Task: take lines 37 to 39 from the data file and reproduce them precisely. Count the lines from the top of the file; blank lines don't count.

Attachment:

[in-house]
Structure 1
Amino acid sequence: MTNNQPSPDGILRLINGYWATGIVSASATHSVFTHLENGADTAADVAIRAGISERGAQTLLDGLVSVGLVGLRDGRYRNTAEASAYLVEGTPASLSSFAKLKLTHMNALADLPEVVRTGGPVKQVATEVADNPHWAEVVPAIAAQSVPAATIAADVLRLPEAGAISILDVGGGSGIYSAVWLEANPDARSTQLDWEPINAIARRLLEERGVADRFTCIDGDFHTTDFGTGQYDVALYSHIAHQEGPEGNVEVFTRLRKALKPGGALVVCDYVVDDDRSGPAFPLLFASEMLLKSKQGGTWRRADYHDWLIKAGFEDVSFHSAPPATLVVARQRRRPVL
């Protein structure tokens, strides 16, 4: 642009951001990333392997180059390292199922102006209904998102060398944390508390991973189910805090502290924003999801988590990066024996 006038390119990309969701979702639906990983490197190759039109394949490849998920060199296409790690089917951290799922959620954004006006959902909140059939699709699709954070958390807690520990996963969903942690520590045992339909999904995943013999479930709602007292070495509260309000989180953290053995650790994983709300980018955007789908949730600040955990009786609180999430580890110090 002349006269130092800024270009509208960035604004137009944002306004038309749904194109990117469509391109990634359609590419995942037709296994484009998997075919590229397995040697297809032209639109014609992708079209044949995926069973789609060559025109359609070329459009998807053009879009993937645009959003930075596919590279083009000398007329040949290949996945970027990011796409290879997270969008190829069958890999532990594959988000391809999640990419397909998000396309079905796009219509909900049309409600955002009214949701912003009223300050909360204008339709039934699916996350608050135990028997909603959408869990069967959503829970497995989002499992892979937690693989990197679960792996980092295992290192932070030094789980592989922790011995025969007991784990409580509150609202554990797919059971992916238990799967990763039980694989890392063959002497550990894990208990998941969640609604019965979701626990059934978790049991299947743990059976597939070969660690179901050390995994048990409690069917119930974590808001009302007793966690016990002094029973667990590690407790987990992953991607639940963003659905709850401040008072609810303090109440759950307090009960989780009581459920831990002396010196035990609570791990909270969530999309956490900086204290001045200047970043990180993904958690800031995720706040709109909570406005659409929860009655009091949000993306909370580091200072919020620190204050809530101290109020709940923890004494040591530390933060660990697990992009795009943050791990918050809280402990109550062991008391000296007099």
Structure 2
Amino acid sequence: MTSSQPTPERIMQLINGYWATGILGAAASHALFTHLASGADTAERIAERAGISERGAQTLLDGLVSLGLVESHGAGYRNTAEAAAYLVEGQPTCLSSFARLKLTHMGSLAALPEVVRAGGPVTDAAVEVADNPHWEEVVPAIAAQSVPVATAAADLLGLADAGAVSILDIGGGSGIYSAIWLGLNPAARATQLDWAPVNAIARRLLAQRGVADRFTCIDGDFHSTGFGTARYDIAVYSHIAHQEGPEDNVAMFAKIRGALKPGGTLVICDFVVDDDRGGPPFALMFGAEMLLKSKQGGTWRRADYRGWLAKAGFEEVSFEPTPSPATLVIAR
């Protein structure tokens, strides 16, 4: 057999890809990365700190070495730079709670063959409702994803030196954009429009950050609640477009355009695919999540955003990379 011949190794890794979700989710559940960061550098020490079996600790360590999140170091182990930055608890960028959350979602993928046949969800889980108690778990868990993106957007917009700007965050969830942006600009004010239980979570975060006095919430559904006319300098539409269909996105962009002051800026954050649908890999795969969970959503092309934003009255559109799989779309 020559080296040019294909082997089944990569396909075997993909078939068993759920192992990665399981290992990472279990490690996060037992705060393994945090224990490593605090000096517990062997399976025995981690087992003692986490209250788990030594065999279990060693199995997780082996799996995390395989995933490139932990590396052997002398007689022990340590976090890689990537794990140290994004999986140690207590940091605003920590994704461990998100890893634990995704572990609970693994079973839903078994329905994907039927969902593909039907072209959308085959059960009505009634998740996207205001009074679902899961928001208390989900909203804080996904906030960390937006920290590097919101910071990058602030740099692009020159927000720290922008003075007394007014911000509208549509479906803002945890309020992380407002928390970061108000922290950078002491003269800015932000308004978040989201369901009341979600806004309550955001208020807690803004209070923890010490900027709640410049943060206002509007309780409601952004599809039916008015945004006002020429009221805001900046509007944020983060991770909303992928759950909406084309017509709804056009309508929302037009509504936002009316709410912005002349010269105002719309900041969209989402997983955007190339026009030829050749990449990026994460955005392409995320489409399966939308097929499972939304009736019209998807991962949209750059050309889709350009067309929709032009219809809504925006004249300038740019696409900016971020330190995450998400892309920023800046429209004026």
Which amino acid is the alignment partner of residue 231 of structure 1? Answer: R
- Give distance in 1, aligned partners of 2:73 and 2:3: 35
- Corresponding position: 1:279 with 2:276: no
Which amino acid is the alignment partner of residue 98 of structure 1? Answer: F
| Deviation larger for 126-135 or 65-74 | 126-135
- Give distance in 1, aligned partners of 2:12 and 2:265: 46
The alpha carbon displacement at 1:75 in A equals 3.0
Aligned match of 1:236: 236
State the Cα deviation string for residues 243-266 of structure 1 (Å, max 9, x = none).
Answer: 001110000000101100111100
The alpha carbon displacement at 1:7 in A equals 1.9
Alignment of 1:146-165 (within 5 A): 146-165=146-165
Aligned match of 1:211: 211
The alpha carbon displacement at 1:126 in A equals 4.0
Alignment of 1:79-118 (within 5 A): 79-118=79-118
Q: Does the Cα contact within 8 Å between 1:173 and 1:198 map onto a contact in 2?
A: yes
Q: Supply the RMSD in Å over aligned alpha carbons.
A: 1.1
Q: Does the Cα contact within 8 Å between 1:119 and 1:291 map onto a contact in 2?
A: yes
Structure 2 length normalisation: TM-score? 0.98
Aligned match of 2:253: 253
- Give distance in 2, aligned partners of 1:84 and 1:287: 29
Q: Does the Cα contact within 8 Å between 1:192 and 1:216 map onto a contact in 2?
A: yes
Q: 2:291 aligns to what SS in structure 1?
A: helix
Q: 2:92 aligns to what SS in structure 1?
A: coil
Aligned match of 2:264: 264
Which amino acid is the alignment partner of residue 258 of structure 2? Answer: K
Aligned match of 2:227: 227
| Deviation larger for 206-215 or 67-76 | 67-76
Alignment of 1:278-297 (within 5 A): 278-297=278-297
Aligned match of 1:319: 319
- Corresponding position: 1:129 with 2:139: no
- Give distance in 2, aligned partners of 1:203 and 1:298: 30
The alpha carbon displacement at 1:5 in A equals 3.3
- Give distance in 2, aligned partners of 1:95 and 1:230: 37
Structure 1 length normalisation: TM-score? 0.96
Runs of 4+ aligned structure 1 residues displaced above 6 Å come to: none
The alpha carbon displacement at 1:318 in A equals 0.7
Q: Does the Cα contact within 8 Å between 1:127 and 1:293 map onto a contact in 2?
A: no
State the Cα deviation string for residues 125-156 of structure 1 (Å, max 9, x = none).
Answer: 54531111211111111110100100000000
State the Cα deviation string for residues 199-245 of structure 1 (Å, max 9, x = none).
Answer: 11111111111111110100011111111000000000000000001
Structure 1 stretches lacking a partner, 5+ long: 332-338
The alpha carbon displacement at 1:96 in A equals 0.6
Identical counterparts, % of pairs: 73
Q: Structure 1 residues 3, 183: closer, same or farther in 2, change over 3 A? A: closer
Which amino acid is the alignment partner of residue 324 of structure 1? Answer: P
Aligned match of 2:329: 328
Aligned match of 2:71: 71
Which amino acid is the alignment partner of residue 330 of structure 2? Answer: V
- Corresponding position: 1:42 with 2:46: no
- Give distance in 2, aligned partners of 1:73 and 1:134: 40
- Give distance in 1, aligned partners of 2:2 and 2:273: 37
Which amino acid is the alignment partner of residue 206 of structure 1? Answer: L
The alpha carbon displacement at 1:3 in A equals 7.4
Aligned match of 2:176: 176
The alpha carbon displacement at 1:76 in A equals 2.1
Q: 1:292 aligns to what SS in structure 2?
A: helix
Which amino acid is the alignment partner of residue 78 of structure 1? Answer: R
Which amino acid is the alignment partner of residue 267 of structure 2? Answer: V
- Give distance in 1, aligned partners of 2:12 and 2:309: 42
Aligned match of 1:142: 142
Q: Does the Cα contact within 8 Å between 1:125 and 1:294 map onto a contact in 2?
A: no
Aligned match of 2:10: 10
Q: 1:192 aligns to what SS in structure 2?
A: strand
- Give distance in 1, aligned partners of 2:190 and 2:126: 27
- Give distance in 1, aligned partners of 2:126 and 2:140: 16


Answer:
A: coil
Aligned match of 2:264: 264
Which amino acid is the alignment partner of residue 258 of structure 2? Answer: K